A report issued by the Department of Health and Human Services indicates the current health insurance system "leaves millions behind" due to coverage denial practices.
The report, issued Tuesday, cites a recent national survey showing 12.6 million non-elderly adults – 36 percent of those who tried to buy insurance on the private market – were deemed ineligible for coverage by insurance agencies. Many of the denied patients had cancer. According to the survey, insurance companies either charged a higher premium or refused to cover the condition.
Another survey cited in the report found one in 10 people with cancer said they could not get health coverage, and 6 percent said they lost their coverage because of their diagnosis.
"The insurance company practice of denying coverage because of pre-existing conditions is not confined to serious diseases," HHS officials said. "Even minor problems such as hay fever could trigger prohibitive responses."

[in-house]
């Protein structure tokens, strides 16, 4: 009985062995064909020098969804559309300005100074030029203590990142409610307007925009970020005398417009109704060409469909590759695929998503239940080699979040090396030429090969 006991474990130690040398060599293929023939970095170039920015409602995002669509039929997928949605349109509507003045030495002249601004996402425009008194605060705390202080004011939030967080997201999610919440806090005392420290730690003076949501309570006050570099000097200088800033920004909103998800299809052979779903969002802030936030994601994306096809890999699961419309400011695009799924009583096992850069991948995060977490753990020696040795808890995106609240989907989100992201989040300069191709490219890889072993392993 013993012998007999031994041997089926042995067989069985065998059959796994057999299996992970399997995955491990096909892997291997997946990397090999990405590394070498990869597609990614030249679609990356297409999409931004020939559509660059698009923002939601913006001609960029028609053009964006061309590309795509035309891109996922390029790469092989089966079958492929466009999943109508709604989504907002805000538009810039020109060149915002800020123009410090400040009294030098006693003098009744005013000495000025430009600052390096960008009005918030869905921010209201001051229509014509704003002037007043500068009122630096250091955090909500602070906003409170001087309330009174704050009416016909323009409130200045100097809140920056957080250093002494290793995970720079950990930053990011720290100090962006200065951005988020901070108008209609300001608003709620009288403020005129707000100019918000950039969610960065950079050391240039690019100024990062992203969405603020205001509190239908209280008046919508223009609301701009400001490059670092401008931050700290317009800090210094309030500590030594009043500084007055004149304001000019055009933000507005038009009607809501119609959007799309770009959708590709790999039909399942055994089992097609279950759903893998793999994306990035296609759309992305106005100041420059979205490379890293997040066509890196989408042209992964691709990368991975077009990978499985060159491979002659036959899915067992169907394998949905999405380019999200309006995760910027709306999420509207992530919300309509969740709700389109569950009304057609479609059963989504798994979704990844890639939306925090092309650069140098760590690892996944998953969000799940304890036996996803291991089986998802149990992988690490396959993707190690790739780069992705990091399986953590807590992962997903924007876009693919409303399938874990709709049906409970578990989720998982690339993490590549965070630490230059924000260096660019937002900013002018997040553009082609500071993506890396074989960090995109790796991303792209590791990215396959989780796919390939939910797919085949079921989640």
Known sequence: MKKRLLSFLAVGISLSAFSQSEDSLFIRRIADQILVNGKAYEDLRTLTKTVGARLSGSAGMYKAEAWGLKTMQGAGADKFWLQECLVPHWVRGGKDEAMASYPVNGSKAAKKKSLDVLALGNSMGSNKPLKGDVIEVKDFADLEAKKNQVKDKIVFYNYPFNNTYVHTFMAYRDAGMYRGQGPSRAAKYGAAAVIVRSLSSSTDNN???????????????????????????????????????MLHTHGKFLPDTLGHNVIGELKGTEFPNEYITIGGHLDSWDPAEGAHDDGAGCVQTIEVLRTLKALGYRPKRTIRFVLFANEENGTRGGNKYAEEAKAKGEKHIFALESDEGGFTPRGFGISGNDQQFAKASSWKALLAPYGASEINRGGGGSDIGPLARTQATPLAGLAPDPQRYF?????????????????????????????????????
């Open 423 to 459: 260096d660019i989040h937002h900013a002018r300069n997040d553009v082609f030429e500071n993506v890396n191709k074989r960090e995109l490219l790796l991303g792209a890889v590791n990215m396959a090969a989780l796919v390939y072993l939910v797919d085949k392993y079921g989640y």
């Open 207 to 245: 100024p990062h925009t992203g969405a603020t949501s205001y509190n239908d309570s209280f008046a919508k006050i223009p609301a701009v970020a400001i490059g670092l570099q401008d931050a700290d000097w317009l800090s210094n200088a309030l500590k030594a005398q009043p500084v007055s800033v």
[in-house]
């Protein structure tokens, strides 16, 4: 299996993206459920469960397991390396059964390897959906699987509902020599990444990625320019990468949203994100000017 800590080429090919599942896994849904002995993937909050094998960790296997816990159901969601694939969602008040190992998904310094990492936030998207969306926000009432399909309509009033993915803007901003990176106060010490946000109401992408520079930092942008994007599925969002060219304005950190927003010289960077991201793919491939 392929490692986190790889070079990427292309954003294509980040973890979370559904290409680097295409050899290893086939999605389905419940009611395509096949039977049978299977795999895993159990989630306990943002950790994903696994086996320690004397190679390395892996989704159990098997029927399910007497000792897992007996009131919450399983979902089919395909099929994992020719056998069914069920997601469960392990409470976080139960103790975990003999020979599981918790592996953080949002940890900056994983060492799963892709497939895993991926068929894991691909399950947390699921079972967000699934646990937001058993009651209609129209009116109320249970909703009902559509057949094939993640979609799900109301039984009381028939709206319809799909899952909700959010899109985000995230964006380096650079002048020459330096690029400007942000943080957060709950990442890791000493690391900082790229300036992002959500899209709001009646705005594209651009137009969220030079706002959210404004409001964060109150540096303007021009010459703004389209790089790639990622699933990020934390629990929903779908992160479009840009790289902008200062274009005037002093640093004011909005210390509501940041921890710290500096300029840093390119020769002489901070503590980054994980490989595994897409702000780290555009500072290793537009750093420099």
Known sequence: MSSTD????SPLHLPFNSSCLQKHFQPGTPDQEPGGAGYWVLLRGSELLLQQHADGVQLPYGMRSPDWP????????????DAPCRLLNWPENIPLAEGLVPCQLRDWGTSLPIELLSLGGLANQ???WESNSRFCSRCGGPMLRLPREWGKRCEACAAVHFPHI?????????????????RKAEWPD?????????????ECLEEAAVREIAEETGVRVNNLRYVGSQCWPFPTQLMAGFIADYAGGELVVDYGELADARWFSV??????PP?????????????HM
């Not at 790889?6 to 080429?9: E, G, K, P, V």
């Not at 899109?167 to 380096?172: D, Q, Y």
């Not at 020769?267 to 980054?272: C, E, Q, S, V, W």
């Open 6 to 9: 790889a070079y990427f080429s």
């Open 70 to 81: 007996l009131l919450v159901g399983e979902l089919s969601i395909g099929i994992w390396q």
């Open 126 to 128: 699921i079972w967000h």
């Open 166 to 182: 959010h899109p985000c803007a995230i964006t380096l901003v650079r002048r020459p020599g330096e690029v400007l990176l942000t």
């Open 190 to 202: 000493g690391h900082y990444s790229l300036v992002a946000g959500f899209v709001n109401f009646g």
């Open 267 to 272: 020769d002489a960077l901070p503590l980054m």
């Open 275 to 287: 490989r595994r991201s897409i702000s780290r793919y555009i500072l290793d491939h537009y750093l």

An insurer could charge high premiums, deny coverage or set a restriction such as denying any respiratory disease coverage to a person with hay fever, according to the report.
The study also found that some insurance companies respond to an expensive condition such as cancer by initiating a thorough review of the patient's health insurance application. If the insurer discovers that any medical condition, regardless of how minor, was not reported on the application, it could revoke coverage retroactively for the patient and possibly all members of the patient's family, the report said. That practice is known as rescission.
Companies can do this even if the condition found is not related to the expensive condition or if the person wasn't aware of the condition at the time. At least one company encouraged employees to revoke sick people's health coverage through rescissions, the report said.
Under proposed health insurance reform, insurance companies would be prohibited from refusing coverage based on someone's medical history or health risk. Companies also would be barred from watering down coverage or refusing renewal because someone becomes sick. Companies would have to renew any policy as long as the policyholder pays the premium in full.